Because I don’t necessarily want to have the same shade of hair as a Playboy bunny, and because it was way too expensive, I stopped getting my hair highlighted. In time, I also ditched makeup completely, even at work, which was a huge step for me.
As a result, my hair is healthier, my skin is better, and my wallet is thicker because of it. I like the fact that I’m comfortable enough in my own skin to walk around with my completely natural look. It is me, after all. It’s the way I was made, and it’s freeing to be out from under all that makeup and all that pressure.
If you haven’t tried this yet, you need to. It does get easier the longer you do it. Today, anytime I step into a salon and smell those chemicals, I get a headache, and wearing makeup for a special event makes my skin break out immediately. Clearly the stuff is bad for you.
I also decided that with a closet full of clothing, I had absolutely no need to buy any more clothing. No need! Most of the stuff I wound up buying was cheap, flimsy, and not very flattering. I kept all my best, quality pieces and got rid of the rest. Now I only need to shop for underwear on occasion, and I’m set. I have no reason to step foot inside a mall. Ever.
Eat at Home
One of the hardest things to get used to was getting rid of our restaurant tabs. We, like so many others, loved to go out to a restaurant so we didn’t have to worry about what we were cooking for dinner. At the end, you have nothing to show for it but a smaller wallet and a fatter waistline.
I began to make it a point to make regular, weekly trips to the grocery store so that we would cook more meals at home. I never make dinners that take longer than 30 minutes to cook, so I’m rarely too tired to cook dinner. I also don’t mind spending more at the grocery store (even if I’m buying steak), because eating at home is typically always cheaper than going out.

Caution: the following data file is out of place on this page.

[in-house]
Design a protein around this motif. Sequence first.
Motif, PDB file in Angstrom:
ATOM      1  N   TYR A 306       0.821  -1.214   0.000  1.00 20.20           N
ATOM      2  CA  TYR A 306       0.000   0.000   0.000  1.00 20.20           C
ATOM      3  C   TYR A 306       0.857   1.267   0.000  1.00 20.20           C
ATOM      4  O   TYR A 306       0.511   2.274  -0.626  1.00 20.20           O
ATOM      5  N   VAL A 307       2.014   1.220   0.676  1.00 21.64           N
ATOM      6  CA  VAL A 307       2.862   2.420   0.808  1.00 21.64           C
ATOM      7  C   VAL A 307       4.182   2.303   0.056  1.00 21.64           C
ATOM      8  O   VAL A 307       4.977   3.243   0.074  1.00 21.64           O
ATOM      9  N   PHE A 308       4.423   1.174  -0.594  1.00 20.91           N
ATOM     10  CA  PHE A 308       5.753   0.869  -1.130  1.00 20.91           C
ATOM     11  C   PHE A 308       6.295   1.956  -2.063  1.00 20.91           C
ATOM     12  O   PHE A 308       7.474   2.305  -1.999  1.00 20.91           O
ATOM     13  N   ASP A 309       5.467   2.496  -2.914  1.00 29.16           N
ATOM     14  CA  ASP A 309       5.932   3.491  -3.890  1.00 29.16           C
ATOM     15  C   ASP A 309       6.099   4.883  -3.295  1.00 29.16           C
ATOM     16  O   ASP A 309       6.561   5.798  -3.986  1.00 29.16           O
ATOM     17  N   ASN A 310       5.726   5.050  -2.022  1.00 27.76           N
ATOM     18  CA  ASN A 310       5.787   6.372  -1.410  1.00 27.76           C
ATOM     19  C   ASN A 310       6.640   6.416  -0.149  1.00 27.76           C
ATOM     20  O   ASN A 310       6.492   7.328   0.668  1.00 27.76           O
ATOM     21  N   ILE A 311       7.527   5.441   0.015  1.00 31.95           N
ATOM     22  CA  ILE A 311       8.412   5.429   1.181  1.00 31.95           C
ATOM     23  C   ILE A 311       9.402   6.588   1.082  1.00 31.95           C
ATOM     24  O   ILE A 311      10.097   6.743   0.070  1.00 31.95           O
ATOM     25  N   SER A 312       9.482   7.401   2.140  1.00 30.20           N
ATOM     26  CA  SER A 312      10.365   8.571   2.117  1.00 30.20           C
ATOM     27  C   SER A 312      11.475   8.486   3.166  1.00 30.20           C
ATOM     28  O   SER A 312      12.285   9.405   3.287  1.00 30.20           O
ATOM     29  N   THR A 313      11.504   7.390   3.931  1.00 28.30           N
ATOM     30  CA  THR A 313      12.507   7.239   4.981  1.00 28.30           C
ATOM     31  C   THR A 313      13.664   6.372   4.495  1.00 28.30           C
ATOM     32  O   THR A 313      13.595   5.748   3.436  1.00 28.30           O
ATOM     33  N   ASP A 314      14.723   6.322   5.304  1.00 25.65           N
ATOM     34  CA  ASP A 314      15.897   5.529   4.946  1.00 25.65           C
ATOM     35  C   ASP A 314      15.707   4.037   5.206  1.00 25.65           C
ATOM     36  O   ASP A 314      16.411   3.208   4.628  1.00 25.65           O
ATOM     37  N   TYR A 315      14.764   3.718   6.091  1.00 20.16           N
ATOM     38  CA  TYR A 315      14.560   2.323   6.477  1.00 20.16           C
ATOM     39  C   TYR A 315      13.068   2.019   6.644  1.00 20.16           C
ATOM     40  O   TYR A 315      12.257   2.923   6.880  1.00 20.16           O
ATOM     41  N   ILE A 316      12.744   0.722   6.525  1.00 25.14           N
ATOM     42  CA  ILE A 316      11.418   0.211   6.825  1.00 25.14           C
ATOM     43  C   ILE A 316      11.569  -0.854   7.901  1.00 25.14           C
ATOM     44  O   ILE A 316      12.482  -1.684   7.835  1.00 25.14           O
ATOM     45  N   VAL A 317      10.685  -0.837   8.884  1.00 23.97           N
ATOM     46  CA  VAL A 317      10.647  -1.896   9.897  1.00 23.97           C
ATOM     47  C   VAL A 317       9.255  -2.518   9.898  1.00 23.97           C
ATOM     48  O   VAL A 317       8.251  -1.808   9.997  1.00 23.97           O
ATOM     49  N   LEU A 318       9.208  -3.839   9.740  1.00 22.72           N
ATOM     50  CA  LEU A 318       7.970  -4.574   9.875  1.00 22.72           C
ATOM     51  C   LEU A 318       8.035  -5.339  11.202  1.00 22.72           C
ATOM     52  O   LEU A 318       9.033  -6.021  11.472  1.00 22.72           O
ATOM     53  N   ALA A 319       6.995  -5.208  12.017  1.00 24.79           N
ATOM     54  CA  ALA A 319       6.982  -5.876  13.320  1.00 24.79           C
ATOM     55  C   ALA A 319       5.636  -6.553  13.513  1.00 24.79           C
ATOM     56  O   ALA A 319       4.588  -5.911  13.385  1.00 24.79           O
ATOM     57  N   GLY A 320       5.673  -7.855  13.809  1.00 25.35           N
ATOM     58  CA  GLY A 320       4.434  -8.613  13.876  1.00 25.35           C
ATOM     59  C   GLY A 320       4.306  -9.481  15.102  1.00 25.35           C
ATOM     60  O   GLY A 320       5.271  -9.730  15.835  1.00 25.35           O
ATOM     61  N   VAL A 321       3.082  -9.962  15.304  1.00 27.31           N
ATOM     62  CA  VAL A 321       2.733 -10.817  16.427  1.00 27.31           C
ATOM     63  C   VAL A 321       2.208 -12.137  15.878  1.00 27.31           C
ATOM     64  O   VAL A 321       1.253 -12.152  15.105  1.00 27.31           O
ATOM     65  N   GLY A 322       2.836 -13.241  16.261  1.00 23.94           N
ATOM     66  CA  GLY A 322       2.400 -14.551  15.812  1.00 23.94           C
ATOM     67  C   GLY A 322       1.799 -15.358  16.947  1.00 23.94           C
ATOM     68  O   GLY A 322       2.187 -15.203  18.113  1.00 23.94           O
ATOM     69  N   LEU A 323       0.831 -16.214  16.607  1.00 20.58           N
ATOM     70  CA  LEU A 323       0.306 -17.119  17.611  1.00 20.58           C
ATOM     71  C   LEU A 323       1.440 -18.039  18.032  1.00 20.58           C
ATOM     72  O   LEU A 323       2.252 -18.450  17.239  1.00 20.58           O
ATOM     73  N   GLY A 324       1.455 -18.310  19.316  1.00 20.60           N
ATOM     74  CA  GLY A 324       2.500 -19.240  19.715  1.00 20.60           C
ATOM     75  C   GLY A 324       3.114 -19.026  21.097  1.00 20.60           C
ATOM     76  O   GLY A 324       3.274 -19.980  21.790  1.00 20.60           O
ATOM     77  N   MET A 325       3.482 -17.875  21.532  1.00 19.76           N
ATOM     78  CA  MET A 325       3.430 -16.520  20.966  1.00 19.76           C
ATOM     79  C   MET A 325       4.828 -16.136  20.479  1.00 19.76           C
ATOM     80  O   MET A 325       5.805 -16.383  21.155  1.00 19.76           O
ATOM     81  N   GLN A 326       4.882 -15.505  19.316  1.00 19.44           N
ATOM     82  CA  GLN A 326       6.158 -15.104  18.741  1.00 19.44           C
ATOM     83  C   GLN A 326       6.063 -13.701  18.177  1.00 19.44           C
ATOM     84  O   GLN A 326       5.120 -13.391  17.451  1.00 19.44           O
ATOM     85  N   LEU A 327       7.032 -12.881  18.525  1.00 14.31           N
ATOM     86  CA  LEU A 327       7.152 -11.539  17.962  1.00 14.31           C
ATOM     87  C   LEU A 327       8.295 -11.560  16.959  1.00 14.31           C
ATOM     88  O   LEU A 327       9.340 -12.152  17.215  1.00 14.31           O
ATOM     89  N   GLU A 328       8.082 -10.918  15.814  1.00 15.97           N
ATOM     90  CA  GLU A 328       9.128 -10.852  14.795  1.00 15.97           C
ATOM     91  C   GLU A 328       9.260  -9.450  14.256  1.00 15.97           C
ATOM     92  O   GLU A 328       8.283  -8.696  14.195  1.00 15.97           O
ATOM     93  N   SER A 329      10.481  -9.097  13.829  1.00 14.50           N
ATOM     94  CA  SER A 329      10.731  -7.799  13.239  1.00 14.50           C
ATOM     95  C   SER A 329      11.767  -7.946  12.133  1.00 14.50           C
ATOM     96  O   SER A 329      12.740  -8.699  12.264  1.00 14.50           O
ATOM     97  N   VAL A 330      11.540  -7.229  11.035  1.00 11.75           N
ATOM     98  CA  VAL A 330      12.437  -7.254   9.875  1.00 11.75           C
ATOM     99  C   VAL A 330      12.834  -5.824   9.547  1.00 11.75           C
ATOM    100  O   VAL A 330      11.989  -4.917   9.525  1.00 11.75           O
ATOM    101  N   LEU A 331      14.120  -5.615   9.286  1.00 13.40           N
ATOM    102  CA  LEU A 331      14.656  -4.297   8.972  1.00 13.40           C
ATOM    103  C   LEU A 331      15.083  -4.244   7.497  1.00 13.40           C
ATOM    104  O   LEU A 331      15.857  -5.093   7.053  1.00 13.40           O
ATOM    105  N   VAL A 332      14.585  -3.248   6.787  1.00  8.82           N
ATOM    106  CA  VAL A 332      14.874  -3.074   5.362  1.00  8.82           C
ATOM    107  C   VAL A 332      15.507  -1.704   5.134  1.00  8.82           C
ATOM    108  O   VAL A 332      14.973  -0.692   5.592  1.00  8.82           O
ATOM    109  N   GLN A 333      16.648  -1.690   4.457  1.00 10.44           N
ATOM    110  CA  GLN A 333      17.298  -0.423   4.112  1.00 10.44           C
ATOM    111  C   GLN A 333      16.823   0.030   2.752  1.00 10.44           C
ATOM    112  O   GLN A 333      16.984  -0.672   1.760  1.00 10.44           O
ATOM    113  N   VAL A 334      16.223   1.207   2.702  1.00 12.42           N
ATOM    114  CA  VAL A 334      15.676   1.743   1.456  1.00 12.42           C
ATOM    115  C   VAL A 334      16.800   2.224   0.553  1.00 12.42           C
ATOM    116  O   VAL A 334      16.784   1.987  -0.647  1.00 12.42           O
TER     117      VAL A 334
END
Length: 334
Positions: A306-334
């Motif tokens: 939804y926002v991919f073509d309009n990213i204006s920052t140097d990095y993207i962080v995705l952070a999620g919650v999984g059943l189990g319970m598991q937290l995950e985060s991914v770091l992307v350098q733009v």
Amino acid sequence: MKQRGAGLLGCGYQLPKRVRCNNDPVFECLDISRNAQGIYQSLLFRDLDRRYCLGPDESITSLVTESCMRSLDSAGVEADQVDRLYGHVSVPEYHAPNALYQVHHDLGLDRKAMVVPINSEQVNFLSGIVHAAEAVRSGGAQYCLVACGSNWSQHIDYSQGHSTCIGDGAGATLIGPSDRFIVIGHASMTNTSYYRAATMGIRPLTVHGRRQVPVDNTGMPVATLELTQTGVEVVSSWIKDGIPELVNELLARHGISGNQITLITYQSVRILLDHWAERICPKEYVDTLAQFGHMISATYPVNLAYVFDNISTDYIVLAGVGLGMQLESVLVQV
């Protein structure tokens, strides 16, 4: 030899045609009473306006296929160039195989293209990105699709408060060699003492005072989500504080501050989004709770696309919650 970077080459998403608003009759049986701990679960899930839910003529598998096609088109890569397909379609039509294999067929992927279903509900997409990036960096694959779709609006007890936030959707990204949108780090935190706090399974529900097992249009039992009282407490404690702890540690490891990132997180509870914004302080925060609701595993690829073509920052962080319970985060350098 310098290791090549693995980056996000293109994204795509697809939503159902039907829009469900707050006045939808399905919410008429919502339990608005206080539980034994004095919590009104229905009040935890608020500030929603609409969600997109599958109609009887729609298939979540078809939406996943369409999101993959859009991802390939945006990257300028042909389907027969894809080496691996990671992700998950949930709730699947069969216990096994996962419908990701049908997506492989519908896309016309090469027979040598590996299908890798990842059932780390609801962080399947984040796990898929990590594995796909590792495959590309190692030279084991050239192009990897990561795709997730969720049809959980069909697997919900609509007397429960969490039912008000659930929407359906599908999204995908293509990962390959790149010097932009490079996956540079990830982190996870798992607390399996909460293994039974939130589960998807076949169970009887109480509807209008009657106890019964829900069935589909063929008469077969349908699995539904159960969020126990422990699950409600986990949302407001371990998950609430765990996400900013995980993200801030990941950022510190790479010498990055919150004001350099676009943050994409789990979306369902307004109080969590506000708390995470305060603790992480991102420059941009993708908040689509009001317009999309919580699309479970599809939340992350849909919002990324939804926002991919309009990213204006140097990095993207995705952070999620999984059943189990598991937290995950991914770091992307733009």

Reducing our restaurant meals helped tremendously in our budget. We still go out, but we always limit it to planned meals on the weekends and special occasions, no last-minute trips allowed.
I’ll admit, it wasn’t fun at first, but now I can’t imagine anything different. We’ve gone from eating so many meals out to creating so many delicious meals together at home, not to mention we’re healthier because of it.Has lifestyle inflation crept up on you? Use these tips to fight back! Click To Tweet
Our Biggest Decision
The biggest (and best) decision we made to cure our lifestyle inflation was to downsize our home. Our old home wasn’t terribly big at 1,900 square feet, but it was still way too big for our needs. We moved into a much smaller, much cheaper home that was more appropriate for our needs.
Downsizing not only decreased our need for household goods (less house equals less space to store stuff), but it also decreased our mortgage payment, taxes, insurance, and utility bills. It saved us so much money that we were able to pay off that mortgage in a few years’ time.
Live Like You Used To
Trying to reverse your lifestyle inflation isn’t always easy, but I try to remind myself that I was once able to live as a broke college student, and I remember being so happy back then. When I think back on that time, I don’t remember missing out on anything or feeling poor. It was actually the time of my life. I had little money, but I had big fun.
It just goes to show that you don’t have to earn a huge income to live well. You just have to figure out what’s important to you, and allocate your money to those areas. In the end, it is so worth it.
Have you cut back on certain areas in your life? What would you not be able to cut back on?